It was another great day in Decatur (extremely hot, but great). The day started with Patrick McDonnell, author of Mutts Comics. We sat up front with our dog, Holiday. Before Patrick spoke, he noticed Holiday and came over to say “Hello”. Holiday reminded him of his own dog, Earl, who inspired the Mutts Comic dog. He gave her a scratch and then began his talk. During the talk, he looked over at us twice and told the audience how much our dog reminded him of his own dog that passed away in November. I held Holiday up for everyone to see and they applauded (which she didn’t like!). Mrs. Plemmons took Holiday to get all of the books autographed and had another photo opportunity with Patrick. I really liked his book Hug Time and South. They are wordless, but they tell such wonderful stories that I would love to see them in our media center.
Doreen Cronin, author of Click Clack Moo Cows that Type, was the next speaker up. She was a great speaker and encouraged all of the kids to always do their best when reading and writing. She said that everyone has the ability to read and write and that it’s actually harder to not write. Our brains need to write in order to express what we are thinking.
Graphic novels are very popular right now in children’s literature, and we’re trying to build this genre of books in our media center. Today, I met Andy Runton, author of the Owly series. This series of wordless graphic novels follows an owl named Owly and his friend Wormy. Through making meaning from the picture panels, readers experience friendship, innocence, kindness, conservation, and many other universal themes. This is a very pleasant series that I want to see make it into our media center.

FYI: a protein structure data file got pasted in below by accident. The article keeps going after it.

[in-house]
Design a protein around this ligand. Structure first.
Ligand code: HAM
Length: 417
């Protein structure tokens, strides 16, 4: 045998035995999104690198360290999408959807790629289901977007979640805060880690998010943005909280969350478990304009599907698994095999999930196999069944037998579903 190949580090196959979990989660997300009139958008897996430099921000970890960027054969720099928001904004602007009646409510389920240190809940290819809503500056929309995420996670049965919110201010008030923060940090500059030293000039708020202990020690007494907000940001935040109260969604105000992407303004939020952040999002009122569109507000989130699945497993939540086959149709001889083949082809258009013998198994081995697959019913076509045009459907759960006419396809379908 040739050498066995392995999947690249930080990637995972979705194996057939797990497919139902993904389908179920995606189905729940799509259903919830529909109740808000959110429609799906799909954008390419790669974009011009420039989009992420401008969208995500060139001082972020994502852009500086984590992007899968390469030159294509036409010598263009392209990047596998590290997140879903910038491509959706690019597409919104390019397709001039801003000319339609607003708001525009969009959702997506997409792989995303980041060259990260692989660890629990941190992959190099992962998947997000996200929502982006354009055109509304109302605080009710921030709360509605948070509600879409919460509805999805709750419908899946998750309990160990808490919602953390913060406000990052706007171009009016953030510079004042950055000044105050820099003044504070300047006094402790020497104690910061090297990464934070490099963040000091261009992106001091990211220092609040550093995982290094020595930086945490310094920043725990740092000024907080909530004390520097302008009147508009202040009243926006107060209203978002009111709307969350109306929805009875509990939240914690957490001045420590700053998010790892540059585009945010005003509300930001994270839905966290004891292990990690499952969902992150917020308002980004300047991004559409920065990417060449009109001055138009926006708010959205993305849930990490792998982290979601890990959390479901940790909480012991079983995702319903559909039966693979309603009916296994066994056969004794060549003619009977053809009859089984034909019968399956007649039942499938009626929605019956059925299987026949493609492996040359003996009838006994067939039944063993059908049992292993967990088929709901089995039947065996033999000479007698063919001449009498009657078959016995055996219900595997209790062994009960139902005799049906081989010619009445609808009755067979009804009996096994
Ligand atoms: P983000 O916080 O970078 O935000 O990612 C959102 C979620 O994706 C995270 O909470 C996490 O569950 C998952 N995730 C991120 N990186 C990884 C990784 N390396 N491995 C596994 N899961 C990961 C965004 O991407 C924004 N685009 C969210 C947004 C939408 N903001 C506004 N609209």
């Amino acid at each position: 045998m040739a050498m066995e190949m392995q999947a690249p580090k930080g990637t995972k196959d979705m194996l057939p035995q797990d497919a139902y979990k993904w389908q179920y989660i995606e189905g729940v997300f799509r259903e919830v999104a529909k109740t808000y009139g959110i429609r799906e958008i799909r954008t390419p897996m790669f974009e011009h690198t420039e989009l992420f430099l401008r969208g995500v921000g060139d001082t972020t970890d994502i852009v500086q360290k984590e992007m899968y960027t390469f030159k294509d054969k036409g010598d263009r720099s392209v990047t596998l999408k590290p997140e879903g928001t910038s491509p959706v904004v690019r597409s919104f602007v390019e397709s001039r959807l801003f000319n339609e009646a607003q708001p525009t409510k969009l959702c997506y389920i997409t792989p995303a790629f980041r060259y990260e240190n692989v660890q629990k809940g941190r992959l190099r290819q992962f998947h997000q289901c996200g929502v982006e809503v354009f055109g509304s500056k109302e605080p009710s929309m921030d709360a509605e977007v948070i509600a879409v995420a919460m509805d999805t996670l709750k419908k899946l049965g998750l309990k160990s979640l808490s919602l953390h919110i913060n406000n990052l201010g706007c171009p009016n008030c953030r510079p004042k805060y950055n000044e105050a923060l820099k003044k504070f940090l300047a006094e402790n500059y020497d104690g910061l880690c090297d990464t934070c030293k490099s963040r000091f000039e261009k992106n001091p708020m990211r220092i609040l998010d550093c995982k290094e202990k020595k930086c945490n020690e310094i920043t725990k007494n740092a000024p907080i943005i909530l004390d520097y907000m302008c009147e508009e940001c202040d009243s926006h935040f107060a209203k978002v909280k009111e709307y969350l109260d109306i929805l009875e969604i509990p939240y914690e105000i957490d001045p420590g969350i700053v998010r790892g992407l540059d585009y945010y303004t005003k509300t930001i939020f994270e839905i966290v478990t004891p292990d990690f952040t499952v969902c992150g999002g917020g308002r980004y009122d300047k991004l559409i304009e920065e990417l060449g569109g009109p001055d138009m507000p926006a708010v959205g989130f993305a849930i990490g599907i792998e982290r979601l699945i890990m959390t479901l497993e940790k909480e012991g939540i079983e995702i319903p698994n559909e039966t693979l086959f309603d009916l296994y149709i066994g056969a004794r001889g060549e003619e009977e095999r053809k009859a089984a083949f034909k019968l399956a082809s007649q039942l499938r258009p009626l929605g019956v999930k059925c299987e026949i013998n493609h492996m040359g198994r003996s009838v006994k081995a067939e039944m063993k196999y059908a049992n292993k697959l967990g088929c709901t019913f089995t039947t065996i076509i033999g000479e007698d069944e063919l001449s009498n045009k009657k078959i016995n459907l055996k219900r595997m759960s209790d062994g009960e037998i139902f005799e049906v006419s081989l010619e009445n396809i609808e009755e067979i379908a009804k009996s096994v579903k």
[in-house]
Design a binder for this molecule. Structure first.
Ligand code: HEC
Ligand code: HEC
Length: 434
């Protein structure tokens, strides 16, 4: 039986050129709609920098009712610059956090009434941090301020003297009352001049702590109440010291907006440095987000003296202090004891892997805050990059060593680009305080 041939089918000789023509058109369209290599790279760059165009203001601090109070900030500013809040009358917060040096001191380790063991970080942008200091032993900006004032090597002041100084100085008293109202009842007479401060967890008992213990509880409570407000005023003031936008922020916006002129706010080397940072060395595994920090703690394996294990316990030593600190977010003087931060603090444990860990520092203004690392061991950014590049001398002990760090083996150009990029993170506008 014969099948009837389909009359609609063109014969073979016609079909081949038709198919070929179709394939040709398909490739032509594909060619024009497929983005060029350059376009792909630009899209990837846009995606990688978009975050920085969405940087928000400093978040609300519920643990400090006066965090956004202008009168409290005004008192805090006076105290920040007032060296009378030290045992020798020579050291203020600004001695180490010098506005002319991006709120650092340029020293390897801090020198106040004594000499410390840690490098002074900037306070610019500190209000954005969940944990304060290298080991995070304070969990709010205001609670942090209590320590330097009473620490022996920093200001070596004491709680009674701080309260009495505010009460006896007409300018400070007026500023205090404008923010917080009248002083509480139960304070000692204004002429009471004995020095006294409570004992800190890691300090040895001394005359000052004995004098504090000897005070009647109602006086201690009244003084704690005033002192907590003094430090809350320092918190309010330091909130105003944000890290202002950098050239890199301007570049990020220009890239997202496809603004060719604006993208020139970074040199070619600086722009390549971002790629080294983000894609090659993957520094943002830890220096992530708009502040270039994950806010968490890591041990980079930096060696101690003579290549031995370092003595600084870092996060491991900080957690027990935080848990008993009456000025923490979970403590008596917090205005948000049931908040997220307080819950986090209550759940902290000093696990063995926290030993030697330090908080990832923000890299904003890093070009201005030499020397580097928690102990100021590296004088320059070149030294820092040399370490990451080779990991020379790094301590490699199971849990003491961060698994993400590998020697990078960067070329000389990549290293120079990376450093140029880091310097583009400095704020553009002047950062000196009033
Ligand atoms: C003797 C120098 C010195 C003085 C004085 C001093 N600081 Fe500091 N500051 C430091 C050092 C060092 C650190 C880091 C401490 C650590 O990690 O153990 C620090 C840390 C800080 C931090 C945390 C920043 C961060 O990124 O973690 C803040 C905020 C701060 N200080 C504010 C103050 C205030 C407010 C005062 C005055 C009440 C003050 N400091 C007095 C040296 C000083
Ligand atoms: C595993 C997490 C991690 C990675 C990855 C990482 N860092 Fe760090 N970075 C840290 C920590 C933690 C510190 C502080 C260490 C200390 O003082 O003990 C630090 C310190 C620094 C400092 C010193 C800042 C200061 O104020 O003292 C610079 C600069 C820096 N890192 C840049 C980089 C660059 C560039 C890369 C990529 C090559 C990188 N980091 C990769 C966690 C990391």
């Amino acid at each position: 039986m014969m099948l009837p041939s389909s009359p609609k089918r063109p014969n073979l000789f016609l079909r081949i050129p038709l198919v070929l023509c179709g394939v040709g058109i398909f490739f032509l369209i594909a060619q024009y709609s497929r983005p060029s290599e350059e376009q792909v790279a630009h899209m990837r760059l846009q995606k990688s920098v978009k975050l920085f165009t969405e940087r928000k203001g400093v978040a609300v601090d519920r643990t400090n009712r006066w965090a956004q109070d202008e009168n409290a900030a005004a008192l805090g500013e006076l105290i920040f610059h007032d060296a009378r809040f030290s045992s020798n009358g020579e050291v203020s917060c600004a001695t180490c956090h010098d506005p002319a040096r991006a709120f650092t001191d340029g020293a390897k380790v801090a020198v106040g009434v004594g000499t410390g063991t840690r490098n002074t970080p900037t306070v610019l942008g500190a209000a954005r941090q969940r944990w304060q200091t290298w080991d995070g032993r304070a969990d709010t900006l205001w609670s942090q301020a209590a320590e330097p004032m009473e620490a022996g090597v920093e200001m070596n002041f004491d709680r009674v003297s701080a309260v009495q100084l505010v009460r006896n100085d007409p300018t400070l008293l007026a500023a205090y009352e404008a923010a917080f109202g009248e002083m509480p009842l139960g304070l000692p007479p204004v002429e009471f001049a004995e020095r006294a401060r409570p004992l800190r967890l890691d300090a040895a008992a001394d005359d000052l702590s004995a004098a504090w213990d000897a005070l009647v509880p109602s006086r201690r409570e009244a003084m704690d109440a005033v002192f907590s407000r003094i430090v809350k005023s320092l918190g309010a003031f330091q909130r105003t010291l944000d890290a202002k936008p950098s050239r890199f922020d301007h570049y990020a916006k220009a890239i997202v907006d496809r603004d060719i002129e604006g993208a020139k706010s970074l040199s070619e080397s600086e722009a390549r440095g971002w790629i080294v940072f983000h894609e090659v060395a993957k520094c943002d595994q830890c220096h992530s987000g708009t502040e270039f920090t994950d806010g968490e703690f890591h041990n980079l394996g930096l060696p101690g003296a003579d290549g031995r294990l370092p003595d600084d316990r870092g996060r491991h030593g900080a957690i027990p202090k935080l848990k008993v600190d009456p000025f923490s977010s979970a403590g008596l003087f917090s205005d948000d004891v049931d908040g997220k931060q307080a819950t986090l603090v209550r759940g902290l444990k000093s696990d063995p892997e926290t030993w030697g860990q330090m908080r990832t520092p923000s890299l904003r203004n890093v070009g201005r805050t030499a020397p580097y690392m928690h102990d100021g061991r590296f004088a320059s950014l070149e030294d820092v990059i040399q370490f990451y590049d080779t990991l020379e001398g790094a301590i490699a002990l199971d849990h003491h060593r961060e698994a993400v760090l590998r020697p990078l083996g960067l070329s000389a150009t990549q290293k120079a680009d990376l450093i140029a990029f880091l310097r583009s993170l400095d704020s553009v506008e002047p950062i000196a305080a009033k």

Next, I heard Evelyn Coleman speak about the American Girl Series. She is the author of Shadows on Society Hill: an Addy Mystery in this popular series. Other books by her include White Socks Only and Freedom Train. One thing that I loved about hearing her speak was the fact that she was so welcoming to everyone. She told the audience to stop by her house near Grant Park sometime and have a glass of lemonade or water (and she was serious). She left us all with a message to get to know someone that is truly different than each of us. She said to really get to know the person and find out how we are all connected even if we might seem very different.
Probably my favorite author of the day was Deborah Wiles, author of Each Little Bird that Sings and Love, Ruby Lavender. She shared how she keeps a notebook with all of her list and thoughts that might inspire a story. When she finishes reading a book that seems life-changing to her, she writes down how that connects with her life. Many times this turns into a story for her. She constantly encouraged the audience to think of what stories we had to tell about our lives and to write them down. I think I like her so much because she writes the kinds of stories that I also like to write, stories about growing up in the South and the tight bonds of family. When I had my books signed, I talked to her about how I love to write stories about my grandmother, and I quickly shared some quirky stories with her. She told me that if I didn’t talk with my grandmother and write down all of those stories that she would be very disappointed in me! I better not let her down!
This weekend was so much fun, and it inspired me to read more books, share more books, and write more of my own stories. I wish that each of you could have been there, but I hope that I can at least bring some of my excitement to you in this blog and in our media center. Take Care.